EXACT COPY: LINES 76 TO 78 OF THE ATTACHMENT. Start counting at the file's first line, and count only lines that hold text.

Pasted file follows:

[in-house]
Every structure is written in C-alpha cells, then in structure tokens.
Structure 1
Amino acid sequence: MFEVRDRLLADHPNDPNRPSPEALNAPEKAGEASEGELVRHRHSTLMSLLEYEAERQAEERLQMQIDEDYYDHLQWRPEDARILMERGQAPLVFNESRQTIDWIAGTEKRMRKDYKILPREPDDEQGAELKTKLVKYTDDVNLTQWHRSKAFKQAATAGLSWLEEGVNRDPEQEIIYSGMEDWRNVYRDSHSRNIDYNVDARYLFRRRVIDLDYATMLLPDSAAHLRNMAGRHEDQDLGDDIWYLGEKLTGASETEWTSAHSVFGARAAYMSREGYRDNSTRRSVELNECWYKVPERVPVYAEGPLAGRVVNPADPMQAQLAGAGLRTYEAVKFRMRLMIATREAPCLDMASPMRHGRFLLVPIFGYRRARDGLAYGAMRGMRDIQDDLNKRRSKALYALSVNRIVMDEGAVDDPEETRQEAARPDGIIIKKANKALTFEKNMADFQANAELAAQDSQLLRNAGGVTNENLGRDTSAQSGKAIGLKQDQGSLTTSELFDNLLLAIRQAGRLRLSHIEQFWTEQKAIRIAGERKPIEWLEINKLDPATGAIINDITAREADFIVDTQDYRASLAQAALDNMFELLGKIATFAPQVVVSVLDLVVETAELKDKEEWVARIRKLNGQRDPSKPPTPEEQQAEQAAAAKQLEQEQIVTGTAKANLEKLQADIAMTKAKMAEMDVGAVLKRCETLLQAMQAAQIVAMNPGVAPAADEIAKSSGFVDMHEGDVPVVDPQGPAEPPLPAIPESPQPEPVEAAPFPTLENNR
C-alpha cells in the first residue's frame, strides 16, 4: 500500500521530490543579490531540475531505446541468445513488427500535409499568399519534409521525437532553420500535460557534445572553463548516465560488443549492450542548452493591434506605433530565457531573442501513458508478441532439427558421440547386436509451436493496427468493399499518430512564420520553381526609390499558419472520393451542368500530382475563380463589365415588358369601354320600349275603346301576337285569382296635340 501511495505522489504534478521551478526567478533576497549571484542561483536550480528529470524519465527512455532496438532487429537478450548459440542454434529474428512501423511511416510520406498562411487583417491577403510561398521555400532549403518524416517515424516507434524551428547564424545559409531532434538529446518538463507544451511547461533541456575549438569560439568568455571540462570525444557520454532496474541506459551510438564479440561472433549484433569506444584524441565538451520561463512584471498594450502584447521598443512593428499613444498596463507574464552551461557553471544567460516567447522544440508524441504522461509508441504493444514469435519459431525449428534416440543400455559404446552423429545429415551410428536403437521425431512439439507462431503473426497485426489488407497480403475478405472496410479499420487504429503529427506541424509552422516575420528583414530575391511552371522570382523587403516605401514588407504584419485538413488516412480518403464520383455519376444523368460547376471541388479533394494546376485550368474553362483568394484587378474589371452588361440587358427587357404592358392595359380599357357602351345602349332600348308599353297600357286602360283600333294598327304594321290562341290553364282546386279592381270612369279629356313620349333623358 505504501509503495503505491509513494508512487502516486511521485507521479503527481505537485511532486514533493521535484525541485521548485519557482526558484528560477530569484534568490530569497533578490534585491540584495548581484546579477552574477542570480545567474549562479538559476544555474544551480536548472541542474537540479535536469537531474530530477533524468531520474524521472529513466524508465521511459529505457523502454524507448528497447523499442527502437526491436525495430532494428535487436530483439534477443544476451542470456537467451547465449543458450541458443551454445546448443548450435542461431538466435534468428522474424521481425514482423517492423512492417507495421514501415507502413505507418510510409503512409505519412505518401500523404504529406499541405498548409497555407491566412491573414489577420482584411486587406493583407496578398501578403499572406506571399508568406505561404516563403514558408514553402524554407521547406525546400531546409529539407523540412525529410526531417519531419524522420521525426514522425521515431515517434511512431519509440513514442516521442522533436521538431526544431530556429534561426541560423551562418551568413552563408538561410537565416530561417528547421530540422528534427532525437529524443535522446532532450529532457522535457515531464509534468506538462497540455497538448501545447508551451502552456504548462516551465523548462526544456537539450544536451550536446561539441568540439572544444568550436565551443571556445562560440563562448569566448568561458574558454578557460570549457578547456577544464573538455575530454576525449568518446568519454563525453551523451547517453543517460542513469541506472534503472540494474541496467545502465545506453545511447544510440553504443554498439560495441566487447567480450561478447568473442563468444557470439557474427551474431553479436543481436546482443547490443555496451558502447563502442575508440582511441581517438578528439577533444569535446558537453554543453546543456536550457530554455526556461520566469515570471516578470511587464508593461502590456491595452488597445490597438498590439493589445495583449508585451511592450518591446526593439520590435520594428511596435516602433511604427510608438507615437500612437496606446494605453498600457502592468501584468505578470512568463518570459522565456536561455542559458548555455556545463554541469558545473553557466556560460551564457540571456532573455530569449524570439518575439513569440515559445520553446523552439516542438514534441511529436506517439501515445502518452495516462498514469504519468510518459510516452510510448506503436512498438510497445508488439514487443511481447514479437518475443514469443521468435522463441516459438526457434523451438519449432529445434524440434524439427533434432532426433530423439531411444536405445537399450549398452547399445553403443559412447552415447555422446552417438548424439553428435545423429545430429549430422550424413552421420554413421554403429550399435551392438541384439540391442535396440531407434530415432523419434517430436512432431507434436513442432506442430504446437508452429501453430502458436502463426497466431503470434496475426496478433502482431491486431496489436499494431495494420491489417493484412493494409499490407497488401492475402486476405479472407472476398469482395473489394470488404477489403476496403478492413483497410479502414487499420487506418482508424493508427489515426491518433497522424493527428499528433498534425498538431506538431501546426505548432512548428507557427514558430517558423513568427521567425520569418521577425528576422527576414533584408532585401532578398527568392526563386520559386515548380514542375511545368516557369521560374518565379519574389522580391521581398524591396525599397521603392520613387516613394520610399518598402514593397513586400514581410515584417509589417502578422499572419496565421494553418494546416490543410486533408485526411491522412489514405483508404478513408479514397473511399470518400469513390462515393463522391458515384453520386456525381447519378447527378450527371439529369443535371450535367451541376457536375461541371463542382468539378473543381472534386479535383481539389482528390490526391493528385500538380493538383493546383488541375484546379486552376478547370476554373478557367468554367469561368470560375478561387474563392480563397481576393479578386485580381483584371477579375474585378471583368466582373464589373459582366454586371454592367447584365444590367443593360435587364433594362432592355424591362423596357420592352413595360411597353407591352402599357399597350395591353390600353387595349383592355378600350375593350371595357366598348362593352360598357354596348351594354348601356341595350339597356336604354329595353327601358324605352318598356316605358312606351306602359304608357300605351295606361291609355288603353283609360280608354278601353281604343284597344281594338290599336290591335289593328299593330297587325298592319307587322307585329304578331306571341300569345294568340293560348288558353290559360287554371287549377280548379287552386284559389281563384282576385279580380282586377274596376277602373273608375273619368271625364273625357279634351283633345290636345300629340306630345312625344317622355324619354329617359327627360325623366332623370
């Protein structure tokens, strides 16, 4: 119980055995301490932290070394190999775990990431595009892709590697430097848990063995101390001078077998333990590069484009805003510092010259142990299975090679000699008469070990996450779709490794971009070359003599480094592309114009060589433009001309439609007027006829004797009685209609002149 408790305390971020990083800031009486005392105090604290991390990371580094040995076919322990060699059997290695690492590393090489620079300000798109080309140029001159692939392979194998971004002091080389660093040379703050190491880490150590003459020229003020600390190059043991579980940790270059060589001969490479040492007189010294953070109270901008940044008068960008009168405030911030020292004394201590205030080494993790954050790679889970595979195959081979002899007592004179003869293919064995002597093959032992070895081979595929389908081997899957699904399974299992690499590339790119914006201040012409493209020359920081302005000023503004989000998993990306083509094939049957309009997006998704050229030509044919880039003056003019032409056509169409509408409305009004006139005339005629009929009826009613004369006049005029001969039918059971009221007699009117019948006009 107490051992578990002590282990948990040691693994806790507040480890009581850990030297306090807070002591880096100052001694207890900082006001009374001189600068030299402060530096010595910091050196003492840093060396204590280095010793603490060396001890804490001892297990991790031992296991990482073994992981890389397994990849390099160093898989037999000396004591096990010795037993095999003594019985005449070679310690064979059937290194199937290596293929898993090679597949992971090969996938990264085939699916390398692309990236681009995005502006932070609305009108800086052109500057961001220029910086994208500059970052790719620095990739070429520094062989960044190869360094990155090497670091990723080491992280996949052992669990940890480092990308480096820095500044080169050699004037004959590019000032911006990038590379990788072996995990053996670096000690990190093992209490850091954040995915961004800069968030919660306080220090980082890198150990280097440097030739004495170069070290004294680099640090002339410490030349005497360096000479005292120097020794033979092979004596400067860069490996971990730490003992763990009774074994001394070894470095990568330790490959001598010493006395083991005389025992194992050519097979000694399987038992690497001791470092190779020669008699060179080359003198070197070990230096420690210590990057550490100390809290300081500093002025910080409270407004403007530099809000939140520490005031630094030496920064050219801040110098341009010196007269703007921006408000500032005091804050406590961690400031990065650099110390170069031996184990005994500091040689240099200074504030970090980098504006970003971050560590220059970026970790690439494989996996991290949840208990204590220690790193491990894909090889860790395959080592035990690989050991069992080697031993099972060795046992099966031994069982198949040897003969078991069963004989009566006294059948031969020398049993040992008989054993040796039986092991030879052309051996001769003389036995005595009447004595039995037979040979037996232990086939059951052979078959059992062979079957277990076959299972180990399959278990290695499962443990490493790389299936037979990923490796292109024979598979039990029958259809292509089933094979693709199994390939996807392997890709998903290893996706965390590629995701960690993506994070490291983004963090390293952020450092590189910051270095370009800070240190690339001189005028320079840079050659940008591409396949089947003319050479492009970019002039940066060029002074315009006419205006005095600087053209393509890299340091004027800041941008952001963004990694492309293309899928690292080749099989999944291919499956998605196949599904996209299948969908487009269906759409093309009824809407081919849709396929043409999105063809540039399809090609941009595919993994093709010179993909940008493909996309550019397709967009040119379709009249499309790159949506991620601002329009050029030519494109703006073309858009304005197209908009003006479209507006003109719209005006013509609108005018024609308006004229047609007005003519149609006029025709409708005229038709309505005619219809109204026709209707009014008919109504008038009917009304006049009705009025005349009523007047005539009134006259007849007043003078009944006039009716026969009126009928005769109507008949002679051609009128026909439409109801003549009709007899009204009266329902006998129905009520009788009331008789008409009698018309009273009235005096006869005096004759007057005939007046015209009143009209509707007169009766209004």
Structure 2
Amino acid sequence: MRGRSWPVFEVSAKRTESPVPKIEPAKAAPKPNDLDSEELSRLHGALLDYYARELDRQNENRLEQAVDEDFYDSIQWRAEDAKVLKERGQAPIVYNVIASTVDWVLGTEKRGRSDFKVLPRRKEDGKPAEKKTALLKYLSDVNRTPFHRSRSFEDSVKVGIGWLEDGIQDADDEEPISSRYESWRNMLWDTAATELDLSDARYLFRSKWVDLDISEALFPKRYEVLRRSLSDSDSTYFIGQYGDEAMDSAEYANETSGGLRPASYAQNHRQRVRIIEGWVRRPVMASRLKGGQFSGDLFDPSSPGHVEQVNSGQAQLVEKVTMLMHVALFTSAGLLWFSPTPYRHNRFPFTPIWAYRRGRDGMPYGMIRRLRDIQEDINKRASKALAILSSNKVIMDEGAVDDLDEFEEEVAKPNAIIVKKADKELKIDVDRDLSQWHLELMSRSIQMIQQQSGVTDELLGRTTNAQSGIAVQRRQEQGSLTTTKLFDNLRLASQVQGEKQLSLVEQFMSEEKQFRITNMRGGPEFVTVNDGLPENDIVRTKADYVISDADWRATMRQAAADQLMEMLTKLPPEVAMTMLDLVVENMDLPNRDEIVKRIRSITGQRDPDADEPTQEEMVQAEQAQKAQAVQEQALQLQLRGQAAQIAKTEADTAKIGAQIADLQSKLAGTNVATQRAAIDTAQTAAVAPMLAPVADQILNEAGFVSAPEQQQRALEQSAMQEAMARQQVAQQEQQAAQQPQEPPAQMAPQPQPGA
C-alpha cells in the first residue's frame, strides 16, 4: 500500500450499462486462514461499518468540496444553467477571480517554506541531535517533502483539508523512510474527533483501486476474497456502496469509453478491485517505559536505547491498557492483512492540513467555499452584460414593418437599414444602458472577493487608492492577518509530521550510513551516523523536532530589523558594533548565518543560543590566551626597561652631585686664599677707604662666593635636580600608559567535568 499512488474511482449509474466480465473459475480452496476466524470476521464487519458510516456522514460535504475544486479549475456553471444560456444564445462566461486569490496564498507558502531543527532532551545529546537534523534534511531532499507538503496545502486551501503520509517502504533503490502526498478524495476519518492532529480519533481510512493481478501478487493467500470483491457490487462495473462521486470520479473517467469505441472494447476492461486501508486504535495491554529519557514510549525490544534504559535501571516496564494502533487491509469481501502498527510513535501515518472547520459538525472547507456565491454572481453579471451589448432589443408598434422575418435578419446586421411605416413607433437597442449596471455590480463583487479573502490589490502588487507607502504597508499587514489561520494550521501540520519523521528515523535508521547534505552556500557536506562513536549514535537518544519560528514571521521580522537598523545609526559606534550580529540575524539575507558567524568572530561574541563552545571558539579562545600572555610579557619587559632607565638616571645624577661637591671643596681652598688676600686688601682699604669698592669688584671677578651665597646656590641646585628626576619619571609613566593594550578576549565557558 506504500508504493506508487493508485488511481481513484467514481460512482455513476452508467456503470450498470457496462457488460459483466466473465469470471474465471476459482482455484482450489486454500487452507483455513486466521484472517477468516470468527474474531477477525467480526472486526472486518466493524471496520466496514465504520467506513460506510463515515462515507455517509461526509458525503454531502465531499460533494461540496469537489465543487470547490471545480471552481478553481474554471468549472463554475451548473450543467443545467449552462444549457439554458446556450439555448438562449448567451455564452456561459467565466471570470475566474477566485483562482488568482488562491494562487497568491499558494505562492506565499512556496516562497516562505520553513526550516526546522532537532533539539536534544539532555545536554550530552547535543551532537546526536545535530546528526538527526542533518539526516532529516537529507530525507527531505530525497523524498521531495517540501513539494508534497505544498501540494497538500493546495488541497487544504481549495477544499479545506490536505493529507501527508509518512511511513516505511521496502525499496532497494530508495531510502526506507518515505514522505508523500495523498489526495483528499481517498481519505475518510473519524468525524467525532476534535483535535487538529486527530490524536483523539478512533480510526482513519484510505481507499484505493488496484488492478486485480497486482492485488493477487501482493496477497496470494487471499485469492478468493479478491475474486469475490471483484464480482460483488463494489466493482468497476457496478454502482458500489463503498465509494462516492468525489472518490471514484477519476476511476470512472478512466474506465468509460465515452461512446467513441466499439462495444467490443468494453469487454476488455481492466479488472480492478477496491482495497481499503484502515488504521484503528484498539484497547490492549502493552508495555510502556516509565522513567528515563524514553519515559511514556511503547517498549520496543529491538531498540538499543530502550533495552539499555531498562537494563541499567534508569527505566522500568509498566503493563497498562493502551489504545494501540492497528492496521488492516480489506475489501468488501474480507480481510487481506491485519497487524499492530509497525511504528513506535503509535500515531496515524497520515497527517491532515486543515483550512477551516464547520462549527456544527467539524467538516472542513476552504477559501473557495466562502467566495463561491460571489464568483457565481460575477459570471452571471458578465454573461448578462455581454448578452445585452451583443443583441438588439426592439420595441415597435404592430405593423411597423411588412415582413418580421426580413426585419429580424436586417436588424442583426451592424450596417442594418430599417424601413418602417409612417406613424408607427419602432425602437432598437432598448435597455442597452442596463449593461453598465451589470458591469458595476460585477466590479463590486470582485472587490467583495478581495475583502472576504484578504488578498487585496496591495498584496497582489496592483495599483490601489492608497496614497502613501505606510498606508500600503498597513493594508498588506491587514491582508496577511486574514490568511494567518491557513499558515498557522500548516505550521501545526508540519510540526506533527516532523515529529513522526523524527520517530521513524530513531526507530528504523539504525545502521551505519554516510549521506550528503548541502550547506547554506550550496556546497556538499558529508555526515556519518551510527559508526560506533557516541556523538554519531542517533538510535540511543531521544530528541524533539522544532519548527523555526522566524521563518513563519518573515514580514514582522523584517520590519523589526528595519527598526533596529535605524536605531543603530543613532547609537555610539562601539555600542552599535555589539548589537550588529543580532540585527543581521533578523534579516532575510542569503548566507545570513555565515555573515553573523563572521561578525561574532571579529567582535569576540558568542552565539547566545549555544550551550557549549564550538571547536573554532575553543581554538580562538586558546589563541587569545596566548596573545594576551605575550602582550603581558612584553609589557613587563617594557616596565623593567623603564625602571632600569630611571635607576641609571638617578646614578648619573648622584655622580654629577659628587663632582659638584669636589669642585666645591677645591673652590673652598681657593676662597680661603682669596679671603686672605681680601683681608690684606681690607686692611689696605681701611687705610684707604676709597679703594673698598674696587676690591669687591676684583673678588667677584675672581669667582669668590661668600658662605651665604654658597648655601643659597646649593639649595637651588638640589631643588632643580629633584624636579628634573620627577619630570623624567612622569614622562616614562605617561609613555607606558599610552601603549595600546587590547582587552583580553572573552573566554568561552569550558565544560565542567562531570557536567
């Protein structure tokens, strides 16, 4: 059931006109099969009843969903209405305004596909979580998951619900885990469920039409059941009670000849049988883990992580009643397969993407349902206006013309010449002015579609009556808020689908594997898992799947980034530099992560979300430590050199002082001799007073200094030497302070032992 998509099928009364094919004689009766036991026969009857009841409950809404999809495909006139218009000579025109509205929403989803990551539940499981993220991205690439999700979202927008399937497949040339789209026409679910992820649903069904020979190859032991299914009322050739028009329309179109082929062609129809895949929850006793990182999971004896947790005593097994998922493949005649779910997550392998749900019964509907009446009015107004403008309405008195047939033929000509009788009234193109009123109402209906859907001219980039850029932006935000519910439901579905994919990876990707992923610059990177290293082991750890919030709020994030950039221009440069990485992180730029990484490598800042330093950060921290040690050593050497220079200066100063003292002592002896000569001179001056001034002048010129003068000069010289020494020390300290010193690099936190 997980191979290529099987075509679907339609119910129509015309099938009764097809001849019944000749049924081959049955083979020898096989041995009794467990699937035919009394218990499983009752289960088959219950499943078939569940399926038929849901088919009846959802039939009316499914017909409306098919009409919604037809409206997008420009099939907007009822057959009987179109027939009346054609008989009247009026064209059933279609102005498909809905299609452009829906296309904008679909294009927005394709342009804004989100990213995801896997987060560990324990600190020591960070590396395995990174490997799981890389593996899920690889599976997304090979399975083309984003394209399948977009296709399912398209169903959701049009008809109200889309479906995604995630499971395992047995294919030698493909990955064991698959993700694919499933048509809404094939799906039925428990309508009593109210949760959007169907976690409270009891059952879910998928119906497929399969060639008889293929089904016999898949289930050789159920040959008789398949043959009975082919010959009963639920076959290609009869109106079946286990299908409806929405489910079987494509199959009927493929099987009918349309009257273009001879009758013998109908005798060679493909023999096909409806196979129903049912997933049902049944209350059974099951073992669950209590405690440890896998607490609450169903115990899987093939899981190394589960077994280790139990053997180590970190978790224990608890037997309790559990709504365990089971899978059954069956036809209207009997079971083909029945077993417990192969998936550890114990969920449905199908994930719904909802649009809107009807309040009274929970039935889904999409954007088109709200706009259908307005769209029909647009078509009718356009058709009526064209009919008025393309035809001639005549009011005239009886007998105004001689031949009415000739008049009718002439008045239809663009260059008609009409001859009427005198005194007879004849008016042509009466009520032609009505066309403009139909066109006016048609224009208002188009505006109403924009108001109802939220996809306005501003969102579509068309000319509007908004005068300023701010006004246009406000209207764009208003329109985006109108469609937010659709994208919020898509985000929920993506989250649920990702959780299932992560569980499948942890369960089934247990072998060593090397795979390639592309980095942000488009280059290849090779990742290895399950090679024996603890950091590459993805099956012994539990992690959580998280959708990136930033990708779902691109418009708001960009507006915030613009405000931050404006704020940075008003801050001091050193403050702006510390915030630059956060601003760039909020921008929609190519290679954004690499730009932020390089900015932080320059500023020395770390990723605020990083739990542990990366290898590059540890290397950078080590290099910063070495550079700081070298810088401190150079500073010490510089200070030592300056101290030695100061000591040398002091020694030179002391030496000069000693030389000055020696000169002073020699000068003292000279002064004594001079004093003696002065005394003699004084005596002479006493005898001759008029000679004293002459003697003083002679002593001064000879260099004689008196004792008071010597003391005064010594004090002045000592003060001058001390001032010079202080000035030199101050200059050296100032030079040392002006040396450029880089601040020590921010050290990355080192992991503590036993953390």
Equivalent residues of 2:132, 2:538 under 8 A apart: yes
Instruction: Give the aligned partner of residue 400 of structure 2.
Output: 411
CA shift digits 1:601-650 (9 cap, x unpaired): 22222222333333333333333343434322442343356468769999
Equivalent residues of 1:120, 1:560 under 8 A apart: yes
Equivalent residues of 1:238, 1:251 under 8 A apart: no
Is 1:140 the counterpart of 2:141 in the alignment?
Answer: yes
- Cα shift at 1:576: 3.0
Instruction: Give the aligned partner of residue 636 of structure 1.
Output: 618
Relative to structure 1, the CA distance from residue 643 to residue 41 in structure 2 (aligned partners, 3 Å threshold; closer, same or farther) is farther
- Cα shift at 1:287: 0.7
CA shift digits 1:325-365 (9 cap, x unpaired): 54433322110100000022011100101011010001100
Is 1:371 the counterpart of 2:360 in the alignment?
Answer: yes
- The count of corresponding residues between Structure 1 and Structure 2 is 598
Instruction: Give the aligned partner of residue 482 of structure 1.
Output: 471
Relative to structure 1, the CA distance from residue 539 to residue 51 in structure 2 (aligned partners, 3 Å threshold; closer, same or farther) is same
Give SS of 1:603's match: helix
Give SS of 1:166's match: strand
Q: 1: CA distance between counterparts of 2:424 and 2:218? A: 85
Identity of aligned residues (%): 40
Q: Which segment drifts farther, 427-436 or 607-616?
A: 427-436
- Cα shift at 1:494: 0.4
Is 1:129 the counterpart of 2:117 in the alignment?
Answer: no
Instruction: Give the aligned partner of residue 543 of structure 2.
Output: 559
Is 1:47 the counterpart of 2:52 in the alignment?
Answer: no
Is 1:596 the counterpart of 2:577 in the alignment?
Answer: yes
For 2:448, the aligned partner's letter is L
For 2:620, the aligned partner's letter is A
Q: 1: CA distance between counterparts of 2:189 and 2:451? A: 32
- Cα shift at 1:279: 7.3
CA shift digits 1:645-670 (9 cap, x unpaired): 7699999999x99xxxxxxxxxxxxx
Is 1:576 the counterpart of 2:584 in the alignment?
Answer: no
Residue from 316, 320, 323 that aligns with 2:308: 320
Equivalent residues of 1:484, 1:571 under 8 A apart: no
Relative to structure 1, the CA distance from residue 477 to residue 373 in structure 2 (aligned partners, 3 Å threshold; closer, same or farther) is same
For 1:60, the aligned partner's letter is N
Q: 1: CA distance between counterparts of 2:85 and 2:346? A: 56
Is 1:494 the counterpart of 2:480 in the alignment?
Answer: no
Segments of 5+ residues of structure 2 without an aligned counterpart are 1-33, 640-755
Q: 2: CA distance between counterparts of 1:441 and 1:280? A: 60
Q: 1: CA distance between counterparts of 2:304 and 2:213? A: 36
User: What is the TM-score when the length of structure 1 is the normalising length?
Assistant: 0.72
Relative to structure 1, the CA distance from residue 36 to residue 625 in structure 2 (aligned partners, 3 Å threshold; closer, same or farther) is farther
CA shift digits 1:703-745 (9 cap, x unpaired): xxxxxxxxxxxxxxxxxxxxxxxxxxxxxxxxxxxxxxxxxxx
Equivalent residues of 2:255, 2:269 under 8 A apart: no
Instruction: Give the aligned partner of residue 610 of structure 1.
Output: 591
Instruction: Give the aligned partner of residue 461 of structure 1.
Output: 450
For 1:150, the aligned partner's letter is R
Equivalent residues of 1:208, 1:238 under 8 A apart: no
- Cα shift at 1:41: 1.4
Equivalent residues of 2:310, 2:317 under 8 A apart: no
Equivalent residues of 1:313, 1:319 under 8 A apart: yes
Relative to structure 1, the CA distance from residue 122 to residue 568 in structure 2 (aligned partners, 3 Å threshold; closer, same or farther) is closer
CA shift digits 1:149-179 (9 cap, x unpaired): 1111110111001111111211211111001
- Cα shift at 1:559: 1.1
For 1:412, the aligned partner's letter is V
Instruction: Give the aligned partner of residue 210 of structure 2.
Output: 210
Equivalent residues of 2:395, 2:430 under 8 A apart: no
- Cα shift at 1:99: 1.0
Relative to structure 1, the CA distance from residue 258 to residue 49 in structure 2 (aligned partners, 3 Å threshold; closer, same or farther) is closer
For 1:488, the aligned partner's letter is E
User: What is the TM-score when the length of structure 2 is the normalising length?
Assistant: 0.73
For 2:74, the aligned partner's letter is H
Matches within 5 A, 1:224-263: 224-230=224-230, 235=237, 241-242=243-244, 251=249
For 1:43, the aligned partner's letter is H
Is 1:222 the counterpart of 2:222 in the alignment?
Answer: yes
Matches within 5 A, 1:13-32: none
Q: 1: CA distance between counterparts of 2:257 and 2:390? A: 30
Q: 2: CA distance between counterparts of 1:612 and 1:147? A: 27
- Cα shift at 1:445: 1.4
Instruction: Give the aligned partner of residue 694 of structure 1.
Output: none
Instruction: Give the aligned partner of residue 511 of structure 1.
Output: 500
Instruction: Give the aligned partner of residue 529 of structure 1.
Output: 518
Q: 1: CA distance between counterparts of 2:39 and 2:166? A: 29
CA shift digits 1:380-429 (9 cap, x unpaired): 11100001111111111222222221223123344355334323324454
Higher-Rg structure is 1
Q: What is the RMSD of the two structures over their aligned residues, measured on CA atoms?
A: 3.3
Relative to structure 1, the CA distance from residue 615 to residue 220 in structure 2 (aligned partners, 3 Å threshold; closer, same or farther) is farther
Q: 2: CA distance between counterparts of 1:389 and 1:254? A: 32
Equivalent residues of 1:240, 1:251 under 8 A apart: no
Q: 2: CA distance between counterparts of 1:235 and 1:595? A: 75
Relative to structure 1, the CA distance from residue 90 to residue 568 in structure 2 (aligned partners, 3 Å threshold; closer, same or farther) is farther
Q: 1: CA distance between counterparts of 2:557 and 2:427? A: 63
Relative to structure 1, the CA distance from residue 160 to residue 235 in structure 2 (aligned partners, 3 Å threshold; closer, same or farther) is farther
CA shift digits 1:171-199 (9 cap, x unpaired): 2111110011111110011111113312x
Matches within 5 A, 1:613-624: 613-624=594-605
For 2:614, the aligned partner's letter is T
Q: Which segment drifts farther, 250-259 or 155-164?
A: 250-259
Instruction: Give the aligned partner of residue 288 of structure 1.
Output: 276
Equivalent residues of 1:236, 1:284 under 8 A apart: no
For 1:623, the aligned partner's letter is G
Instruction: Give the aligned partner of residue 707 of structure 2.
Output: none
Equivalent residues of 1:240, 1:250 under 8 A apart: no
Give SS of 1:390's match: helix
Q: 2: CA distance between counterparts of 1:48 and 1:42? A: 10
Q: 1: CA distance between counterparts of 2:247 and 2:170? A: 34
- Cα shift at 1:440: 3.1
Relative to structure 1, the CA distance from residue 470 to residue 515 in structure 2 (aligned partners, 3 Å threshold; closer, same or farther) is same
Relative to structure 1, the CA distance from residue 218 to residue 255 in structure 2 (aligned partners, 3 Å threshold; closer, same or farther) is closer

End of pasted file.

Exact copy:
Equivalent residues of 1:313, 1:319 under 8 A apart: yes
Relative to structure 1, the CA distance from residue 122 to residue 568 in structure 2 (aligned partners, 3 Å threshold; closer, same or farther) is closer
CA shift digits 1:149-179 (9 cap, x unpaired): 1111110111001111111211211111001